Exclamatory sentences cannot be changed into negative sentences. One cannot say. “What an excellent singer he is not !” Nor can one say., “How beautifully she does not sing !” But the types of sentences such as ‘declarative’, imperative, and interrogative can be turned into negatives.
The above exclamatory sentences can be turned into declarative sentences : (1) She is an excellent singer. (2) She sings very beautifully. Similarly, declarative sentences can be turned into exclamatory sentences :
Declarative: He is very stupid
Exclamatory: How stupid he is!
Declarative: He is a very stupid boy.
Exclamatory. What a stupid boy he is!
Look at the following sentences :
- He joined the English Essay competition and won the first prize.
- You may stay here or go home.
In the above sentences, we have two finite clauses each. In other words, each sentence has two independent clauses.
In sentence 1 the two independent clauses are: (1) He joined the English Essay competition (2) (He) won the first prize.
In sentence 2 they are: (1) You may stay here (2) (You may) go home.
In sentence 1 the independent clauses are joined by and, and in sentence 2 they are joined by or. The first independent clause in each sentence is called. Main Clause’ and the second independent clause in each sentence is called ‘coordinate clause’.
And, or in the above sentences are called ‘conjunctions’ or ‘coordinators’ or ‘coordinating conjunctions. The sentences which have two or more than two independent clauses and are joined by coordinating conjunctions are known as ‘Compound Sentences’.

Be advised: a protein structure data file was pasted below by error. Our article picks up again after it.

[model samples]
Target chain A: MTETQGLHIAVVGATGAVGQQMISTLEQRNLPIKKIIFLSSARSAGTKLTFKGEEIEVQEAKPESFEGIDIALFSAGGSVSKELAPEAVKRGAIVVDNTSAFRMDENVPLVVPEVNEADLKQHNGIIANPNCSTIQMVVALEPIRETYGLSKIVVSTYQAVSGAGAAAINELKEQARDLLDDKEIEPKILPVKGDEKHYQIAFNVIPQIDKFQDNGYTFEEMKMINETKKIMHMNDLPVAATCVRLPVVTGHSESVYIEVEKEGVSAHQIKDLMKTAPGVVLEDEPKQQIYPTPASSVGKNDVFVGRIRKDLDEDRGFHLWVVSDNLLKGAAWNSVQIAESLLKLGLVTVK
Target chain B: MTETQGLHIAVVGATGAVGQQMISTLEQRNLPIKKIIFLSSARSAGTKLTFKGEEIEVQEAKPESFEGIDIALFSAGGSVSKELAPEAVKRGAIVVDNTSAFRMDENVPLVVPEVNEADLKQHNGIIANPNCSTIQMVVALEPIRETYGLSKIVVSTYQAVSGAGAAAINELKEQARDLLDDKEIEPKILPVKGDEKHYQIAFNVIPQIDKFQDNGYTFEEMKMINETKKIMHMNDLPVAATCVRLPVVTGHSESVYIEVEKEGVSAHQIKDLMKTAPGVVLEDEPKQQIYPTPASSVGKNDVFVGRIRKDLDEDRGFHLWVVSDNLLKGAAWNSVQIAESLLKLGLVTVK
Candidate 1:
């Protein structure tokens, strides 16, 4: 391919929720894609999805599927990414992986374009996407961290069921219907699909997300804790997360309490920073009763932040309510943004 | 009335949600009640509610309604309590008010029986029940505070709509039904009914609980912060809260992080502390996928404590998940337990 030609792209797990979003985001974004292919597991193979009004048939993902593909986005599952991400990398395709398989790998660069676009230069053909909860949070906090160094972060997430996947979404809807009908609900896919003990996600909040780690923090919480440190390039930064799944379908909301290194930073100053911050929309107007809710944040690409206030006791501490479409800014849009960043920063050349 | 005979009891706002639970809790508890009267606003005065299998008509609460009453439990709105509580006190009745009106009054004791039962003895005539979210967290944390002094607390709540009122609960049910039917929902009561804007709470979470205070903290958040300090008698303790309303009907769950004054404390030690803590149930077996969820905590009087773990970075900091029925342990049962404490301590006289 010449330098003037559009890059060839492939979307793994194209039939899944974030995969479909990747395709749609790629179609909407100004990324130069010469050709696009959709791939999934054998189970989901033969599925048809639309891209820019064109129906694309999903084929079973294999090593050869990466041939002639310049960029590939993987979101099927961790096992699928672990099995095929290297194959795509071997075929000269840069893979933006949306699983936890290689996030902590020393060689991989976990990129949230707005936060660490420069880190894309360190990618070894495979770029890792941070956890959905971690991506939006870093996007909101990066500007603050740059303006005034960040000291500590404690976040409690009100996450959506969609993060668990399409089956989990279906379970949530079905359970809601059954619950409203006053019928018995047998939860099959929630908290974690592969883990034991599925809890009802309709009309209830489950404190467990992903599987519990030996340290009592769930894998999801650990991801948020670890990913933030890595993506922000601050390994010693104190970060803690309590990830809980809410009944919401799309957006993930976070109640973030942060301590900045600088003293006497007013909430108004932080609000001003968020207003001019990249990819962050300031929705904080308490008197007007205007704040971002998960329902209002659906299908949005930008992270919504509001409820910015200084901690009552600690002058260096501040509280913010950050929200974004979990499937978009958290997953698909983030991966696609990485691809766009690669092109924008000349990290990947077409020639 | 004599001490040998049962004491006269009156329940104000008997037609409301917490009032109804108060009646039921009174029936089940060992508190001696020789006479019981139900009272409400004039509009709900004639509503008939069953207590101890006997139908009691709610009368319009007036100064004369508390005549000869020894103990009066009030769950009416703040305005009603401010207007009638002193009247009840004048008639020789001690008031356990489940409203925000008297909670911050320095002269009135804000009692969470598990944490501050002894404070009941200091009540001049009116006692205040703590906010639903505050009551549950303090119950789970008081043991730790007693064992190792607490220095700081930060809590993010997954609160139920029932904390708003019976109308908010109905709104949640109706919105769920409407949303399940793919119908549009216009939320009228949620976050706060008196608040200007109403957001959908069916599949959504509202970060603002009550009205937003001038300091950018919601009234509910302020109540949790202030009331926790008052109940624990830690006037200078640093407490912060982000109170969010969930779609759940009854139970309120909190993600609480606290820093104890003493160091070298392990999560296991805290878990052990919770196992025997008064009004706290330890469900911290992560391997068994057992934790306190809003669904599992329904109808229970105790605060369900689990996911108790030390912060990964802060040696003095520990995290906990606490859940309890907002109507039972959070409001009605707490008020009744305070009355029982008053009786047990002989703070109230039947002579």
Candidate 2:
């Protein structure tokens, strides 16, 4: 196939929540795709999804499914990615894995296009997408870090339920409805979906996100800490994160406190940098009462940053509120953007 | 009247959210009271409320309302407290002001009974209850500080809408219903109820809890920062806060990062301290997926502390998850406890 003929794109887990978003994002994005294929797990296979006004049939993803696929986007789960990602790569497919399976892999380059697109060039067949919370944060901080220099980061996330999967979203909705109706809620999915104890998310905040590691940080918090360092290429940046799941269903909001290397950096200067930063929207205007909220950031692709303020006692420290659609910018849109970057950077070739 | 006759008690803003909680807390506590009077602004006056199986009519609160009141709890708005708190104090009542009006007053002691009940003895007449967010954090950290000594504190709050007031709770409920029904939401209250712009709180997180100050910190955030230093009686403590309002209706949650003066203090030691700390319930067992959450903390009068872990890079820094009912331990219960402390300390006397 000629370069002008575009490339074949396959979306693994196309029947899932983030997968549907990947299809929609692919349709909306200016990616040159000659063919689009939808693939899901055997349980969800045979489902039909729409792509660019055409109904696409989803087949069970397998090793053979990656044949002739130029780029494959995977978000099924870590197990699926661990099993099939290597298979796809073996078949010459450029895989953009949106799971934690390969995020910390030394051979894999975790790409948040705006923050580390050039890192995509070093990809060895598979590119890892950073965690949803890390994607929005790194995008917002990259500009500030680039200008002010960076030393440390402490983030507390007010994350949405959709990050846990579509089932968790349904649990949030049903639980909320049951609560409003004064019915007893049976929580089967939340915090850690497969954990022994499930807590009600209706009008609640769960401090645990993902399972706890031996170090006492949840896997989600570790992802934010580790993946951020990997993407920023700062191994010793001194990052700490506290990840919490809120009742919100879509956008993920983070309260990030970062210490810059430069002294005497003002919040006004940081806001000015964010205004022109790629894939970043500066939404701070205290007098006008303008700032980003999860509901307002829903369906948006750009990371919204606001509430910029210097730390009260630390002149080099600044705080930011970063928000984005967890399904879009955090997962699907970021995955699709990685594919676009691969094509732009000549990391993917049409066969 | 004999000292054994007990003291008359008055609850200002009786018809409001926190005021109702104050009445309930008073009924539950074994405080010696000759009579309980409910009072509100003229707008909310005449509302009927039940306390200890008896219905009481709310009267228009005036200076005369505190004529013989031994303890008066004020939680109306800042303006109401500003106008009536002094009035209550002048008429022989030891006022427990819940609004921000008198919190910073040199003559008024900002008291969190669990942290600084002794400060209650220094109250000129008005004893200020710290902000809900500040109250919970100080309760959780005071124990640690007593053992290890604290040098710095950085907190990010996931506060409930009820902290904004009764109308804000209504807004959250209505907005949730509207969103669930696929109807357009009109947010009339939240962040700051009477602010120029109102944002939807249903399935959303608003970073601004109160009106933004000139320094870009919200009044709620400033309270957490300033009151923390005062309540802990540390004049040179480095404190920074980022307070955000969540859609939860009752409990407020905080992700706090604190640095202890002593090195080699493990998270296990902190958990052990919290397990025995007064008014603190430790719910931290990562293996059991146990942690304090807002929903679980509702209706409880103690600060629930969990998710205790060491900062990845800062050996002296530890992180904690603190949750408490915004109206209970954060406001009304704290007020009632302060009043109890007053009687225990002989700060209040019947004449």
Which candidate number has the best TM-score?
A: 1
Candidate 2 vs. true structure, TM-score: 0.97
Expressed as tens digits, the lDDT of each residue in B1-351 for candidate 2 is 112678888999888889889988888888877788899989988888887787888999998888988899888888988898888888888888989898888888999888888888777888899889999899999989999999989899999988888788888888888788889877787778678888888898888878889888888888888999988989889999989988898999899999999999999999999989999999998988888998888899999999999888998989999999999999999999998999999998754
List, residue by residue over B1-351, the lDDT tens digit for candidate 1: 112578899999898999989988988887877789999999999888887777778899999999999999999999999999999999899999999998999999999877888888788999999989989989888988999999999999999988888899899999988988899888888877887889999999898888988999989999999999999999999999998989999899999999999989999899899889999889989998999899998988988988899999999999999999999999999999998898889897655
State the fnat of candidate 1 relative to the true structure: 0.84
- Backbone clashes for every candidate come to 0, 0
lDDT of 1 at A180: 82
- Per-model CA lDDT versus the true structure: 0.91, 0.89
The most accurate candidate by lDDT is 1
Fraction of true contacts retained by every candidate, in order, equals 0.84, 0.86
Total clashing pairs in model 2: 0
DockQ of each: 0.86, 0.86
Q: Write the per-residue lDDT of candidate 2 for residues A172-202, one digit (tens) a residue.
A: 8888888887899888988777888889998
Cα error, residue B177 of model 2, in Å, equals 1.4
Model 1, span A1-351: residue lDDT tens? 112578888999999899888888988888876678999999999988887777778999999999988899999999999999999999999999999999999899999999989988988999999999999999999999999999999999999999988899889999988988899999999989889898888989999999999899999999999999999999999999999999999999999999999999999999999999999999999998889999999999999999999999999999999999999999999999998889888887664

Study the following compound sentence :
And: He came and stayed for a week.
But: He is very hardworking but he is really not intelligent.
Yet: He is not rich, yet he is happy.
Still: She did not do much work, (but) still she passed the examination.
Nevertheless: There was no news; nevertheless, she went on hoping.
or: He watches television or goes out to the playground.
Or else: Work hard, or else you will fail.
Otherwise: Take care, otherwise, you will fail.
Therefore: He was taken ill, therefore he could not attend the party.
Either… or: Either you leave or I will.
Neither..nor: He is neither handsome, nor is he smart.
He neither returned the goods, nor paid the bill.
Not only … but also: He not only liked the house but also bought it.
Both … and: He can both sing and act. (Not used in negative sentences)
So: I was very hungry, so I wanted to have an early lunch.
For: He found it increasingly difficult to read, for his eyes were failing.
Besides: I don’t want to go to the cinema, besides I am feeling tired.
Neither … nor, either … or, not only … but also, both … and are also called ‘correlative conjuctions’ or ‘correlatives’, for they go in pairs and are related to each other. These correlatives usually join two alternatives.
iv. Complex Sentences
Look at the following sentences (EXamples) :
- I am certain of completing the work today.
I am certain that I shall complete the work today.
- Tell me the place of your birth.
Tell me where you were born.
- Hardworking students succeed in the examination.
Students who work hard succeed in the examinations.
There are three pairs of sentences given above. Each pair of sentences conveys the same meaning.
But from the standpoint of constructions, the sentences in each pair are different from each other. The first sentence in each pair has one independent finite clause and a dependent nonfinite clause.
The second sentence in each pair of sentences has two finite clauses, an independent clause (or main clause) and dependent clause. A dependent clause is otherwise known as a subordinate clause.
In the second sentence of the first pair “I am certain” is the main clause and ‘that I shall complete the work today‘ is the subordinate clause. In the pair 2 “Tell me” is the main clause and “where you were born” is the subordinate clause. Similarly in the pair 3 the second sentence has two finite clauses.
“Students succeed in the examination” is the main clause and “who work hard” is the subordinate clause. The subordinate clauses can be of three types: Noun clause, Adverb clause, and Relative (Adjective) clause.